University of Illinois Law Professor Dhammika Dharmapala was the victim of a shocking violent attack this week at a train station when Joshua Scaggs, 23, allegedly stabbed him in the neck after shouting something about this being Scaggs’ country.
Scaggs appears mentally deranged and promptly fired his attorney Baku Patel. He is charged with attempted murder and two counts of aggravated battery.
Dharmapala, 41, teaches law and economics, tax policy, public economy, and political economy. He suffered a six-inch cut to his throat.
President Michael Hogan issued a statement to the faculty and students saying “[a]s some of you may have read in the newspapers, this morning a member of our faculty was severely injured during what appears to have been a senseless act of aggression and alleged hate crime by another not affiliated with the University of Illinois. The University is deeply saddened by this event.”
Scaggs has a prior conviction in 2006 for burglary in Indiana which will likely be used as an aggravator. The threshold issue, however, is his competency to stand trial and then whether he has a viable claim for the insanity defense.
Illinois follows a more advanced rule than many other states that ripped up their insanity defenses after the Reagan assassination. For a prior column on the issue, click here. Illinois follows the A.L.I. standard that the American Law Institute (ALI) designed a new test for its Model Penal Code in 1962. Under this test, “a person is not responsible for criminal conduct if at the time of such conduct as a result of mental disease or defect he lacks substantial capacity either to appreciate the criminality of his conduct or to conform his conduct to the requirements of the law.”
There was an interesting ruling on the meaning of this standard in People v. Ahmad, 206 Ill. App. 3d 927 (1990). The court found a violation in the testimony of State’s expert witness, Dr. Mathew Markos.
In his testimony regarding his professional education, Markos stated that he pursued specialization in forensic psychiatry, “also known as psychiatry and the law.” He then stated that as part of his training in forensic psychiatry, he attended lectures in criminal law. The State then elicited testimony from the witness regarding the standards for legal insanity. Markos stated that Illinois used the standards of the American Law Institute (ALI) for the insanity defense. He testified that to establish the insanity defense:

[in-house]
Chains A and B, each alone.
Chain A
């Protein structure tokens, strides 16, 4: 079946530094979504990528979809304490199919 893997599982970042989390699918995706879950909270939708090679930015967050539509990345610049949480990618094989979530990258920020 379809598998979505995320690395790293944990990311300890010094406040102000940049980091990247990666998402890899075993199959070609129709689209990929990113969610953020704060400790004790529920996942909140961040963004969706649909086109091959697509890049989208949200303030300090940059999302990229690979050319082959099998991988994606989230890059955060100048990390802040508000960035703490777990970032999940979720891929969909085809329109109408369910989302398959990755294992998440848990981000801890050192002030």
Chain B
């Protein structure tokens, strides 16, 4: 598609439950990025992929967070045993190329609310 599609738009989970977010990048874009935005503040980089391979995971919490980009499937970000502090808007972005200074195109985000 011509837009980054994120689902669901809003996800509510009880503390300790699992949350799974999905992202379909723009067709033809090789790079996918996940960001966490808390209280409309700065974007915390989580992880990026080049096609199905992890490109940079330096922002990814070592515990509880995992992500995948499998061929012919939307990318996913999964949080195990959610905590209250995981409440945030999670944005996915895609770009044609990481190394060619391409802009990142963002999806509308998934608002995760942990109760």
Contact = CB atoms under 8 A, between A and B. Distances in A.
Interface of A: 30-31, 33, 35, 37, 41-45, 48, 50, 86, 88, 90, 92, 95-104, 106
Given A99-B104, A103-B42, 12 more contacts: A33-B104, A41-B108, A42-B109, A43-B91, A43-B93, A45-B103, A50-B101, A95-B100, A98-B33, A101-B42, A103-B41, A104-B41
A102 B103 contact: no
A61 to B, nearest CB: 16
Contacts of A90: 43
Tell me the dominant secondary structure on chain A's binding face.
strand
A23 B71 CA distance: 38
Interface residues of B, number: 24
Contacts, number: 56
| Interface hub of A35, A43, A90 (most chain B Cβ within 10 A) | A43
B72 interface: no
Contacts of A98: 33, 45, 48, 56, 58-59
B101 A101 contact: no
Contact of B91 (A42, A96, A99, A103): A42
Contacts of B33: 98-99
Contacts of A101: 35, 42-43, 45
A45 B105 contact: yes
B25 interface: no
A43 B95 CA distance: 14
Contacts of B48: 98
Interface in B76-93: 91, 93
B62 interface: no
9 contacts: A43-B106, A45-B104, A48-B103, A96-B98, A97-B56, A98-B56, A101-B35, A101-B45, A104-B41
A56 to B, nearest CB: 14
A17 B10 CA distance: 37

“[T]he evaluator or examiner has to prove beyond a reasonable doubt with a reasonable degree of medical certainty that the psychosis or the serious mental illness was directly linked to the commission of the criminal act.”
Prior to this statement, Markos had testified:
“[I]n order to prove the insanity defense with a reasonable degree of certainty — a reasonable degree is approximately 70 percent, roughly — one has to show that there was an existing mental illness, a serious mental illness, in other words, a psychosis.”
At another point in his testimony Markos stated:
“[T]he mere existence of a psychotic illness does not make somebody legally insane. It has to be shown beyond a reasonable doubt that as a result of this mental illness or psychosis he or she could not appreciate the criminality and was not able to conform his or [sic] behavior.”
It is essential that a jury be correctly informed of the burden of proof. ( People v. Lewis (1969), 112 Ill. App. 2d 1, 13, 250 N.E.2d 812.) In order to establish an insanity defense, defendant is only required to show by a preponderance of evidence [***26] that he was insane at the time of the offense. (Ill. Rev. Stat. 1985, ch. 38, par. 6 — 2(e).) Therefore, Markos inaccurately stated the law and significantly heightened defendant’s burden of proof by making references to the reasonable doubt standard and by attaching an erroneous numerical value of 70 percent to the standard. Although the jury was properly instructed as to the standard of proof by the trial court at the conclusion of the trial, this did not cure the prejudice to defendant that may have resulted from the expert witness’ improper statements. The likelihood that the jury was misled by these statements was increased by the fact that the witness testified as to his expertise in psychiatry and the law. ( People v. Eckhardt (1984), 124 Ill. App. 3d 1041, 1043, 465 N.E.2d 107.) We also conclude that this issue was reviewable despite defendant’s failure to object under the plain error rule, and that his failure to object may have even increased the magnitude of the error by leaving the jury with the impression that the witness correctly stated the law. ( Eckhardt, 124 Ill. App. 3d at 1043.) Because we find that this error was prejudicial and that the evidence of defendant’s sanity was close, we conclude that it was reversible error. ( People v. Johnson (1981), 102 Ill. App. 3d 122, 129, 429 N.E.2d 905.) We also note that defendant has failed to address whether it was even proper for Dr. Markos to, in effect, instruct the jury on a matter of law. Because we have already determined that Dr. Markos’ testimony caused reversible error, we decline to address this issue.
Much has to be learned about Scaggs. The fact that he could function in society before the attack militates against his use of the defense, but there remains questions as to whether he was capable to conform at that time. It remains a difficult standard to meet — refuting the misunderstanding of the defense that led to so many state laws being gutted after the Reagan shooting.
This is a terrible shock to any community, particularly an academic community like Illinois. We wish Professor Dharmapala a rapid and full recovery.
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